1. *The Infamous Rosalie by Évelyne Trouillot, translated by Marjorie Attignol Salvodon (University of Nebraska Press, 2013)
  2. Freedom’s Mirror: Cuba and Haiti in the Age of Revolution (Cambridge University Press, 2014) by Ada Ferrer
  3. The Haitian Revolution: A Documentary History (Hackett Publishing Company, Inc., 2014) by David Geggus
  4. Tropics of Haiti: Race and the Literary History of the Haitian Revolution in the Atlantic World, 1789-1865 (Liverpool University Press, 2015) by Marlene L. Daut
  5. Confronting Black Jacobins: The U.S., the Haitian Revolution, and the Origins of the Dominican Republic (Monthly Review Press, 2015) by Gerald Horne
  6. Haitian Connections in the Atlantic World: Recognition after Revolution (The University of North Carolina Press, 2015) by Julia Gaffield
  7. *Toussaint Louverture: A Revolutionary Life (Basic Books, 2016) by Philippe Girard
  8. The Haitian Declaration of Independence: Creation, Context, and Legacy (University of Virginia Press, 2016) edited by Julia Gaffield
  9. An Islandwide Struggle for Freedom: Revolution, Emancipation, and Reenslavement in Hispaniola, 1789-1809 (University of North Carolina Press, 2016) by Graham T. Nessler
  10. The Memoir of General Toussaint Louverture (Oxford University Press, 2017) by Toussaint Louverture, translated and edited by Philippe R. Girard
  11. The Black Jacobins Reader (Duke University Press, 2017) edited by Charles Forsdick and Christian Høgsbjerg
  12. Baron de Vastey and the Origins of Black Atlantic Humanism (Palgrave Macmillan, 2017 by Marlene L. Daut
  13. Toussaint Louverture: A Black Jacobin in the Age of Revolutions (Pluto Press, 2017) by Charles Forsdick and Christian Hogsbjerg
  14. *Dance on the Volcano (Archipelago, 2017) by Marie Vieux-Chauvet, translated by Kaiama L Glover
  15. Philanthropy and Race in the Haitian Revolution (Palgrave Macmillan, 2018) by Erica R. Johnson
  16. The Common Wind: Afro-American Currents in the Age of the Haitian Revolution (Verso Books, 2018) by Julius S. Scott
  17. Maroon Nation: A History of Revolutionary Haiti (Yale University Press, 2019) by Johnhenry Gonzalez
  18. Making The Black Jacobins: C. L. R. James and the Drama of History (Duke University Press, 2019) by Rachel Douglas
  19. Rethinking the Haitian Revolution: Slavery, Independence, and the Struggle for Recognition (‎Rowman & Littlefield Publishers, 2019) by Alex Dupuy
  20. Black Spartacus: The Epic Life of Toussaint Louverture (Farrar, Straus and Giroux, 2020) by Sudhir Harvesting
  21. Slave Revolt on Screen: The Haitian Revolution in Film and Video Games (University Press of Mississippi, 2021) by Alyssa Goldstein Sepinwall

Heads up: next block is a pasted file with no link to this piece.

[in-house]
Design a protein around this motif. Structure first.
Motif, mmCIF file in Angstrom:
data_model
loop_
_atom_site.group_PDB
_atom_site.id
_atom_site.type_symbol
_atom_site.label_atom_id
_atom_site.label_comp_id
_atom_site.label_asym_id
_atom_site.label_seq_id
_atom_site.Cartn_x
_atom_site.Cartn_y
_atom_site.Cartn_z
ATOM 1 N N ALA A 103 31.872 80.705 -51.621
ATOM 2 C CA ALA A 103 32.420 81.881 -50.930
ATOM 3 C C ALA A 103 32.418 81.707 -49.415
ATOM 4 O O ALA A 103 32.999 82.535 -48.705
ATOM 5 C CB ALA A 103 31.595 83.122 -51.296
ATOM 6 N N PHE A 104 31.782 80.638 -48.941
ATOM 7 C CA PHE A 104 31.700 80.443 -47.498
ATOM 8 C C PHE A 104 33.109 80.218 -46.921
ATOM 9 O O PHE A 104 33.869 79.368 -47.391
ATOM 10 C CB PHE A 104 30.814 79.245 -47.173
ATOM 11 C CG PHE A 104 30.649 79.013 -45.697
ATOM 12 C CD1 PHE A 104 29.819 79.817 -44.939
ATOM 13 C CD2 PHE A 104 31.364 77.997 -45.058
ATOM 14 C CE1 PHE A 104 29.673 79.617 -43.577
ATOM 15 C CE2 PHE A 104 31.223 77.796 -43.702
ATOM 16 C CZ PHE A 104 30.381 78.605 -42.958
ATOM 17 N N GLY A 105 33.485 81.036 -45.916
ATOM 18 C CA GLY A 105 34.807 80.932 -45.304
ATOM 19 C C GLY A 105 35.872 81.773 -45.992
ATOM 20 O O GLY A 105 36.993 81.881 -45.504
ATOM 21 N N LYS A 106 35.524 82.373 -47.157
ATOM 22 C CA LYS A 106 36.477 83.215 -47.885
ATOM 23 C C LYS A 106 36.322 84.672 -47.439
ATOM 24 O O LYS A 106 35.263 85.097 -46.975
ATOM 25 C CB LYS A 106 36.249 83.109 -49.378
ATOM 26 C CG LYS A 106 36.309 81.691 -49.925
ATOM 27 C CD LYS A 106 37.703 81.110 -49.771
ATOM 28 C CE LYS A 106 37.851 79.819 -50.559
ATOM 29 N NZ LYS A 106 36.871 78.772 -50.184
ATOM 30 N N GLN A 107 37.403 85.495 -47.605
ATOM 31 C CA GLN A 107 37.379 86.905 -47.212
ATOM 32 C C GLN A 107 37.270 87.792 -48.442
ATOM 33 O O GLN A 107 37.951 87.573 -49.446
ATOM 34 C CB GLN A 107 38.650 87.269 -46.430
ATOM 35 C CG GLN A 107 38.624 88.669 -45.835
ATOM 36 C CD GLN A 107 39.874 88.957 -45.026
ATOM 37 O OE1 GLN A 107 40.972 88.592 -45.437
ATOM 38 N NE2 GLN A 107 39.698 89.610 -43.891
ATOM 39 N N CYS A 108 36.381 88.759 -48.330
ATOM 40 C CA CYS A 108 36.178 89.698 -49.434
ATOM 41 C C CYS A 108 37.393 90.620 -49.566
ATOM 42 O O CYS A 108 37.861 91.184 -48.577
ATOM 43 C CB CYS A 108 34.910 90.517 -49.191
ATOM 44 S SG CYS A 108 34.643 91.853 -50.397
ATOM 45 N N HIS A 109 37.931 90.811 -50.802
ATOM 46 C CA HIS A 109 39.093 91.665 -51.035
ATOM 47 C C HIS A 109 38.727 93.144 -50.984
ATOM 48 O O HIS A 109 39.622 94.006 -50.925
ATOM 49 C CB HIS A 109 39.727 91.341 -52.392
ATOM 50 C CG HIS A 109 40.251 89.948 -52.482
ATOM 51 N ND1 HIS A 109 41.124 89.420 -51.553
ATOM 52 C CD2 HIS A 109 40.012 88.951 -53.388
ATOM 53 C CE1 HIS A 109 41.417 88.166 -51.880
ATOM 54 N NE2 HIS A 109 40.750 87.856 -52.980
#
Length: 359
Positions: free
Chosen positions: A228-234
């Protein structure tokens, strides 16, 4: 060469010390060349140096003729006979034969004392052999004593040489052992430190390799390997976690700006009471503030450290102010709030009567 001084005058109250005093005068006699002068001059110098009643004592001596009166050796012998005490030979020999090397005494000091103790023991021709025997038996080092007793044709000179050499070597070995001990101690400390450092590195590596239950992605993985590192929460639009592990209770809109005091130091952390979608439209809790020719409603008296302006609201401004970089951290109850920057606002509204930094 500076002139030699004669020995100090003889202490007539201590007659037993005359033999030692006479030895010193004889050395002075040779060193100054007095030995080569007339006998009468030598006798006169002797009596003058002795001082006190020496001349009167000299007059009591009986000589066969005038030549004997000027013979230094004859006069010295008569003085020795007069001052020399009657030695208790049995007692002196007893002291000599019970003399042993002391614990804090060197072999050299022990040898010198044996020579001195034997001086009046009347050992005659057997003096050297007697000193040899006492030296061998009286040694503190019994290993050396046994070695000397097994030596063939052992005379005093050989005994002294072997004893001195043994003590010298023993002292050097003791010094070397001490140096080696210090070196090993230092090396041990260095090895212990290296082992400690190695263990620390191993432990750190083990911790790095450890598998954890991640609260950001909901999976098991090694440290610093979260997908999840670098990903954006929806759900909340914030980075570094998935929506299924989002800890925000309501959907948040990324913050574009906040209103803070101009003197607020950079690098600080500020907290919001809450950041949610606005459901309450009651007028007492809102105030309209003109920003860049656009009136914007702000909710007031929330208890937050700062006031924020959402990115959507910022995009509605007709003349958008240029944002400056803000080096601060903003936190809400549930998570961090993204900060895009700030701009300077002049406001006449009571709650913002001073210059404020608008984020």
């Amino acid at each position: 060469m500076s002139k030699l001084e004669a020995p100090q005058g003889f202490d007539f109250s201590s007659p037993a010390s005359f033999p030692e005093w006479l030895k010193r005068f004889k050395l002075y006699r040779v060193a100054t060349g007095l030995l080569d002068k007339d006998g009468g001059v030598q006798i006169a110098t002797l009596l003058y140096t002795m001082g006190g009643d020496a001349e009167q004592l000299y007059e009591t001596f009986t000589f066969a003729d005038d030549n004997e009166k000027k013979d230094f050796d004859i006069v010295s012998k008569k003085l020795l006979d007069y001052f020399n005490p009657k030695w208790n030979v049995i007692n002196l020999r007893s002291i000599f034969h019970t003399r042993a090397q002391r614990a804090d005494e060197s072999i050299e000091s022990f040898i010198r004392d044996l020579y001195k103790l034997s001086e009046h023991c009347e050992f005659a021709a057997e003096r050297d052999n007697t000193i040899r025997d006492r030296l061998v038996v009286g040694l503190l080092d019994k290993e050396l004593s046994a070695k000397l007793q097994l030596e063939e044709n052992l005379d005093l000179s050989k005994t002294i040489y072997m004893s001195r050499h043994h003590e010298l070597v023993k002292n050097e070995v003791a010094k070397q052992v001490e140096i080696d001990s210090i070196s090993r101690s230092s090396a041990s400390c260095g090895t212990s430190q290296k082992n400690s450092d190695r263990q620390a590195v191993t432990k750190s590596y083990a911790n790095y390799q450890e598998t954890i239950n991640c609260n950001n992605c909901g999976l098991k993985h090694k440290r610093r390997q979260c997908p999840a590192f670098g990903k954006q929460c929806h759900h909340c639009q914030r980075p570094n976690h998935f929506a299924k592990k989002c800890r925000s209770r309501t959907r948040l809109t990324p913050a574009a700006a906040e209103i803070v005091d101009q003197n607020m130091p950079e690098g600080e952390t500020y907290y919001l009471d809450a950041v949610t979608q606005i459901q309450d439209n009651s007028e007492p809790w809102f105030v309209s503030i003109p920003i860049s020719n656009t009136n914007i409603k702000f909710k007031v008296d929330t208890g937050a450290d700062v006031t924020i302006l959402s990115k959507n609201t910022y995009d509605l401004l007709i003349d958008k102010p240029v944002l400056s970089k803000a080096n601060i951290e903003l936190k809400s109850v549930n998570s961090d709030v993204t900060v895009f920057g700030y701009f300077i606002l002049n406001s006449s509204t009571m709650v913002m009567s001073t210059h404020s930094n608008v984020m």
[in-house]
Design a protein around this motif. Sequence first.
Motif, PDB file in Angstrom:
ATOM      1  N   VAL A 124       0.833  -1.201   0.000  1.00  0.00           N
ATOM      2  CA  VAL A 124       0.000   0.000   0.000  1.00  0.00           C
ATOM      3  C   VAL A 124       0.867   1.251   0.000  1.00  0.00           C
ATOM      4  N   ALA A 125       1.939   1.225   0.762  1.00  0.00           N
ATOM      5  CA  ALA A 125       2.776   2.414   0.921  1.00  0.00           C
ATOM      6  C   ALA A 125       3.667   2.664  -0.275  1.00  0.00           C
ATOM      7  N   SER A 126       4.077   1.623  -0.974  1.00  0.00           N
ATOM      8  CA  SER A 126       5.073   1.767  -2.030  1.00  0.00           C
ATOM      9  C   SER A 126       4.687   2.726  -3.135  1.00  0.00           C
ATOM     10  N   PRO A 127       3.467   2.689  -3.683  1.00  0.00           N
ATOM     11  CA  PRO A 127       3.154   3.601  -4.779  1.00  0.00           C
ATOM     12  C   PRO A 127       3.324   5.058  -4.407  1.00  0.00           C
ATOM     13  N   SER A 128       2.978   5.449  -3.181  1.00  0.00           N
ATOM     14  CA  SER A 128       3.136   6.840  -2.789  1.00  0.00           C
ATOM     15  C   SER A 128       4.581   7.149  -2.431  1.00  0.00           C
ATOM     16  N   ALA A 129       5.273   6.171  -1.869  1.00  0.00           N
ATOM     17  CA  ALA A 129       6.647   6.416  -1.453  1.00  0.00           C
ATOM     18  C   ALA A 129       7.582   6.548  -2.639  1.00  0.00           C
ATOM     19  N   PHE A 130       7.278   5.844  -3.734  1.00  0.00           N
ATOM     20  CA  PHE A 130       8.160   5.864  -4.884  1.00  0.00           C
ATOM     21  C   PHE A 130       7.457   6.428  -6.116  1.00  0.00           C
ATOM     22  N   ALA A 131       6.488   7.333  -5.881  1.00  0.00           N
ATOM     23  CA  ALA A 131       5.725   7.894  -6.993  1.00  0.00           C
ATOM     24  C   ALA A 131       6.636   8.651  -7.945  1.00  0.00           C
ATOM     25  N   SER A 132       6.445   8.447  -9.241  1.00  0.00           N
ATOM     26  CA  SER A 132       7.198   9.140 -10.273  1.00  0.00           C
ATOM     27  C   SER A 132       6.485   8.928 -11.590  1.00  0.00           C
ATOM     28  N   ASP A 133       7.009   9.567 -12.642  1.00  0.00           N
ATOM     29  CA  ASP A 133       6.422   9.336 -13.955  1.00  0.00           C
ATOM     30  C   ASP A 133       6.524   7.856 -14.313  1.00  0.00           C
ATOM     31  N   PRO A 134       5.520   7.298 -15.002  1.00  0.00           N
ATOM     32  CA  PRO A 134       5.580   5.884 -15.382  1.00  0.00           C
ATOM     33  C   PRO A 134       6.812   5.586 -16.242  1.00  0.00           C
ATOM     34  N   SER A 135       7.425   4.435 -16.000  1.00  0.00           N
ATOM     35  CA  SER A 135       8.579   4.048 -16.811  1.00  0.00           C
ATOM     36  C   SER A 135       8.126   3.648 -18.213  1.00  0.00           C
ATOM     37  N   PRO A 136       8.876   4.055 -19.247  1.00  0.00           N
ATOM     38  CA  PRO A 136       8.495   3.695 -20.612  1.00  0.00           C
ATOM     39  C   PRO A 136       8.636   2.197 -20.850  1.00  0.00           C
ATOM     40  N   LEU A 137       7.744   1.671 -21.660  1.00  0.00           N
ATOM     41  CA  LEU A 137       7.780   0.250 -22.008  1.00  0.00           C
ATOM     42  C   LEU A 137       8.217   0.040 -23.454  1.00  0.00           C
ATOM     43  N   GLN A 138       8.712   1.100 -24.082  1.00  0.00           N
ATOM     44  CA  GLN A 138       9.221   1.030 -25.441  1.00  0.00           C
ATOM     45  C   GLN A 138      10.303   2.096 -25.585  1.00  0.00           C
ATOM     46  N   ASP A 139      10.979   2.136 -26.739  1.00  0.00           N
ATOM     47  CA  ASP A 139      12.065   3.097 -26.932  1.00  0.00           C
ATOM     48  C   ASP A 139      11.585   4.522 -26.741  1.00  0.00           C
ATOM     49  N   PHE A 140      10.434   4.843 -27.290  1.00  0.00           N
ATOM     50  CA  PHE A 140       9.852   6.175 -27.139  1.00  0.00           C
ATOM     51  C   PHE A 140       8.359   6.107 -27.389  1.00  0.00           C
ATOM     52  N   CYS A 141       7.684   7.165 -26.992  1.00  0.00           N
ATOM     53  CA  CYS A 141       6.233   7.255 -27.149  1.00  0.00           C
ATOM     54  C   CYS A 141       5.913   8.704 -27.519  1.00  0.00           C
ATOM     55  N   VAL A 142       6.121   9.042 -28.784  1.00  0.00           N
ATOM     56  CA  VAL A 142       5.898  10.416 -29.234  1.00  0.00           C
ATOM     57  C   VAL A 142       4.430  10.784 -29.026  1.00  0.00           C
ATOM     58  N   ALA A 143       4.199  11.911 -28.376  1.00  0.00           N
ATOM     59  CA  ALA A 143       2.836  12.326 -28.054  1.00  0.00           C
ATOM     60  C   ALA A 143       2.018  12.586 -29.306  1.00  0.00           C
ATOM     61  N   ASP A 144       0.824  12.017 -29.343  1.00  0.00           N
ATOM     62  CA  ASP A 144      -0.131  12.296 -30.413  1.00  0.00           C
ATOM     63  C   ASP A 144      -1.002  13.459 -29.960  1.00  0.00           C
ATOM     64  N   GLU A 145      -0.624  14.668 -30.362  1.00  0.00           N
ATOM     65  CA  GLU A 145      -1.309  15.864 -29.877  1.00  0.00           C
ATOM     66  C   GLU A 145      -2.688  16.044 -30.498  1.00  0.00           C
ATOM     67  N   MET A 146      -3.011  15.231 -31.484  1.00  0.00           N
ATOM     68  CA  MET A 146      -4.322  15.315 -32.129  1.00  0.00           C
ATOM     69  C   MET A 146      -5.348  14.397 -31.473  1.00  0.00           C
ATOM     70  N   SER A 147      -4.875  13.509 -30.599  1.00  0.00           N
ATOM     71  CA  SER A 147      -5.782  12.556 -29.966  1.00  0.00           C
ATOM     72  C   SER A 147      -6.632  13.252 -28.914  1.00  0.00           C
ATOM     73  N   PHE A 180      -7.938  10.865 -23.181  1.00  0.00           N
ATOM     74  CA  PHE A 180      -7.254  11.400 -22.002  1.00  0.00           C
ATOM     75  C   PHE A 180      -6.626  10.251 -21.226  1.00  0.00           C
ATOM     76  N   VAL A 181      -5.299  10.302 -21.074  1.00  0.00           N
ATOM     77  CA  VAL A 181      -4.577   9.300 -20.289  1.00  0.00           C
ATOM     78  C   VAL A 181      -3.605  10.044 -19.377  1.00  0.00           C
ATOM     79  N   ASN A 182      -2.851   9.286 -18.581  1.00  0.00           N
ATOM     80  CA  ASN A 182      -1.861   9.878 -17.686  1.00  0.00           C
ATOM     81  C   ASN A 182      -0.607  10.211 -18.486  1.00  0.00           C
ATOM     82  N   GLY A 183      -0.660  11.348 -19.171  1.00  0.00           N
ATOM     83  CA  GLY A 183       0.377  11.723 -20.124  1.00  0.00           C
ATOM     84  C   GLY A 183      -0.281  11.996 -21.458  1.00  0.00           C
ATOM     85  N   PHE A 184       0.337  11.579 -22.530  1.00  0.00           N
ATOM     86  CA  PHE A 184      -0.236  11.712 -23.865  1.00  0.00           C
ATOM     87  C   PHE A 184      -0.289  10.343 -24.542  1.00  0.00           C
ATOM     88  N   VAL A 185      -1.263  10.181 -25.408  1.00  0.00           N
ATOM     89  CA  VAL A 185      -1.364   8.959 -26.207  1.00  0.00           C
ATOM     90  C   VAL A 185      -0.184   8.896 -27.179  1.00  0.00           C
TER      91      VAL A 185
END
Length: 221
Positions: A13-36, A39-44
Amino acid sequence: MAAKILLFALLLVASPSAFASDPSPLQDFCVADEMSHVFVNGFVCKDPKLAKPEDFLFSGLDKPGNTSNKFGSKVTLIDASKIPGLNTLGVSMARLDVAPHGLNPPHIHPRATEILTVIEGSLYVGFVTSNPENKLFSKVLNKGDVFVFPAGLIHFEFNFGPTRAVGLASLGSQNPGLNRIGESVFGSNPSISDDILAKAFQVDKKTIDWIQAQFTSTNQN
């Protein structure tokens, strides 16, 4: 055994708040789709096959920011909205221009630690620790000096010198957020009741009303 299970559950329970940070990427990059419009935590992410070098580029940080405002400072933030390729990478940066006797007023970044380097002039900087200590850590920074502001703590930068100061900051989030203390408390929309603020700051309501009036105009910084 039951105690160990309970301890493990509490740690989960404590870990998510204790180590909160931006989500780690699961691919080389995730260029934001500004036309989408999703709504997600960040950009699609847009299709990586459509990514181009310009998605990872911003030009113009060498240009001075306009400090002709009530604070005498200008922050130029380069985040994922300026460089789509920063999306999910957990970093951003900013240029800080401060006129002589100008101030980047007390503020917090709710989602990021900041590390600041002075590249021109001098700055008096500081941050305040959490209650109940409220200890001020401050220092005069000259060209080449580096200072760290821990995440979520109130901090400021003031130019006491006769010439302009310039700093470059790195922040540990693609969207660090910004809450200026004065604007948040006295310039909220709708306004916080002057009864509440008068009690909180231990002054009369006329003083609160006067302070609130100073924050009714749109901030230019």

22. Rituals, Runaways, and the Haitian Revolution: Collective Action in the African Diaspora (Cambridge University Press, 2021) by Crystal Nicole Eddins
  23. Stirring the Pot of Haitian History (Liverpool University Press, 2021) by Michel-Rolph Trouillot, translated by Mariana F. Past and Benjamin Hebblethwaite
  24. Haitian Revolutionary Fictions: An Anthology (will be published by the University of Virginia Press on January 25, 2022) edited by Marlene L. Daut, Grégory Pierrot, and Marion C. Rohrleitner

• In the new article, I am interested to investigate what new ideas and archival materials about the Haitian Revolution have these new texts/authors introduced to the discipline of history and the field of Haitian Studies.
• I am also concerned about the hermeneutics of the Haitian Revolution and its corresponding social and political events in the Atlantic world (1789-1803). For example, have these books shed new light about the rapport of the Haitian Revolution and the French and American Revolutions, as well as the political governments of Saint-Domingue, England, the United States, Spain, and France?
• In addition to their autonomous thoughts and colonial intellectual climate in the American continent, what contemporary intellectual currents have shaped the abolitionist ideas and political interventions of the actors—both men and women—of the Haitian Revolution?
• What place does gender play when we study the French colony of Saint-Domingue and the Haitian Revolution from the perspective of women? Does any of these texts engage the political ideas and actions of Women of the Haitian Revolution?
• What have these new texts inform us more about the religious, socio-economic, cultural, racial, and political order of Saint-Domingue and the Haitian Revolution?

*Please leave me a comment below if you have any recommended important texts, written in English in the past ten years (2012-2022), you would like me to assess in the article).

Happy reading!